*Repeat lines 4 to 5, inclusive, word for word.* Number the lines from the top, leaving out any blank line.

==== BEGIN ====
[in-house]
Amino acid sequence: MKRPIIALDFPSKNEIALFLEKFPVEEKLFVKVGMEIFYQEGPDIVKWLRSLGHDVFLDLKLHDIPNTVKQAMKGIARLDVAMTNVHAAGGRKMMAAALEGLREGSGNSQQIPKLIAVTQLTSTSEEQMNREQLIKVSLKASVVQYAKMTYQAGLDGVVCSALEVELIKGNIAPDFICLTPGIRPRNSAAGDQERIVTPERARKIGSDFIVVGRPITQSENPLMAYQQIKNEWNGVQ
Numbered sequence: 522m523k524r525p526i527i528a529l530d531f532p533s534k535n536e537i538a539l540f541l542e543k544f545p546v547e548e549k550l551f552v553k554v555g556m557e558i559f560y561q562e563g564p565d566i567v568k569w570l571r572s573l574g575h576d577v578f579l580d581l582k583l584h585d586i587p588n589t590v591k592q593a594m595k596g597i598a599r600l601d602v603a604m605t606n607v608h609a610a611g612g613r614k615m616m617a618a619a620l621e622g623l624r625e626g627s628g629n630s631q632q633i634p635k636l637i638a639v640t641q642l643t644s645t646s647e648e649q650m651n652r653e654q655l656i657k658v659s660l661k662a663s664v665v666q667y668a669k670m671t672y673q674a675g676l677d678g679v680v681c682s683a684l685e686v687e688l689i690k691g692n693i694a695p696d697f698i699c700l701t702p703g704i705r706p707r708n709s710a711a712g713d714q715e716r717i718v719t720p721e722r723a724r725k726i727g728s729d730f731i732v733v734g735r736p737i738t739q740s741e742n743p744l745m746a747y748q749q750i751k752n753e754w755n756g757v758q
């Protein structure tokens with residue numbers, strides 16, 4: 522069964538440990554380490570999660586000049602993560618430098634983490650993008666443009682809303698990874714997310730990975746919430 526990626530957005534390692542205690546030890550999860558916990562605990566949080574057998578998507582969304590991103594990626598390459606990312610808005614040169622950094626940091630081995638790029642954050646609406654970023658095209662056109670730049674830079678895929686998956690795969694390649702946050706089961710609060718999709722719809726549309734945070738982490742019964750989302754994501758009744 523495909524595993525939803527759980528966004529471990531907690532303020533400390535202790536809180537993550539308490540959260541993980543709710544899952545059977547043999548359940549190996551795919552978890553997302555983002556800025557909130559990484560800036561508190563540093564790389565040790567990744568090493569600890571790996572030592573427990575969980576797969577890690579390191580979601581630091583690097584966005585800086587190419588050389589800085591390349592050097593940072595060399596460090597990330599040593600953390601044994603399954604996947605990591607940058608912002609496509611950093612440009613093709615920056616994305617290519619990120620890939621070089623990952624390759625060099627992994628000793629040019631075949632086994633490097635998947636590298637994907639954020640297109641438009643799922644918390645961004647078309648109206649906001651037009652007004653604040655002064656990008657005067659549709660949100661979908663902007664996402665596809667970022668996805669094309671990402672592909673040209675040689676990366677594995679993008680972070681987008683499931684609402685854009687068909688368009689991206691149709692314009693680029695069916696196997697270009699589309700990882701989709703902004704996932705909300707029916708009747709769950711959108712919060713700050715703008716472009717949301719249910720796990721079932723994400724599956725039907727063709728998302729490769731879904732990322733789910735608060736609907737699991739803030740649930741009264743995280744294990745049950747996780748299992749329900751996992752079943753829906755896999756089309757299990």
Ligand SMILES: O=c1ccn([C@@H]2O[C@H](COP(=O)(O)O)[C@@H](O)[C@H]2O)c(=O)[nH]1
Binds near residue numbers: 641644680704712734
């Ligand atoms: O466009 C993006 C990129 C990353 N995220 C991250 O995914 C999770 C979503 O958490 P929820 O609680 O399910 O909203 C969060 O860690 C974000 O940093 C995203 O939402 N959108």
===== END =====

């Protein structure tokens with residue numbers, strides 16, 4: 522069964538440990554380490570999660586000049602993560618430098634983490650993008666443009682809303698990874714997310730990975746919430 526990626530957005534390692542205690546030890550999860558916990562605990566949080574057998578998507582969304590991103594990626598390459606990312610808005614040169622950094626940091630081995638790029642954050646609406654970023658095209662056109670730049674830079678895929686998956690795969694390649702946050706089961710609060718999709722719809726549309734945070738982490742019964750989302754994501758009744 523495909524595993525939803527759980528966004529471990531907690532303020533400390535202790536809180537993550539308490540959260541993980543709710544899952545059977547043999548359940549190996551795919552978890553997302555983002556800025557909130559990484560800036561508190563540093564790389565040790567990744568090493569600890571790996572030592573427990575969980576797969577890690579390191580979601581630091583690097584966005585800086587190419588050389589800085591390349592050097593940072595060399596460090597990330599040593600953390601044994603399954604996947605990591607940058608912002609496509611950093612440009613093709615920056616994305617290519619990120620890939621070089623990952624390759625060099627992994628000793629040019631075949632086994633490097635998947636590298637994907639954020640297109641438009643799922644918390645961004647078309648109206649906001651037009652007004653604040655002064656990008657005067659549709660949100661979908663902007664996402665596809667970022668996805669094309671990402672592909673040209675040689676990366677594995679993008680972070681987008683499931684609402685854009687068909688368009689991206691149709692314009693680029695069916696196997697270009699589309700990882701989709703902004704996932705909300707029916708009747709769950711959108712919060713700050715703008716472009717949301719249910720796990721079932723994400724599956725039907727063709728998302729490769731879904732990322733789910735608060736609907737699991739803030740649930741009264743995280744294990745049950747996780748299992749329900751996992752079943753829906755896999756089309757299990």
Ligand SMILES: O=c1ccn([C@@H]2O[C@H](COP(=O)(O)O)[C@@H](O)[C@H]2O)c(=O)[nH]1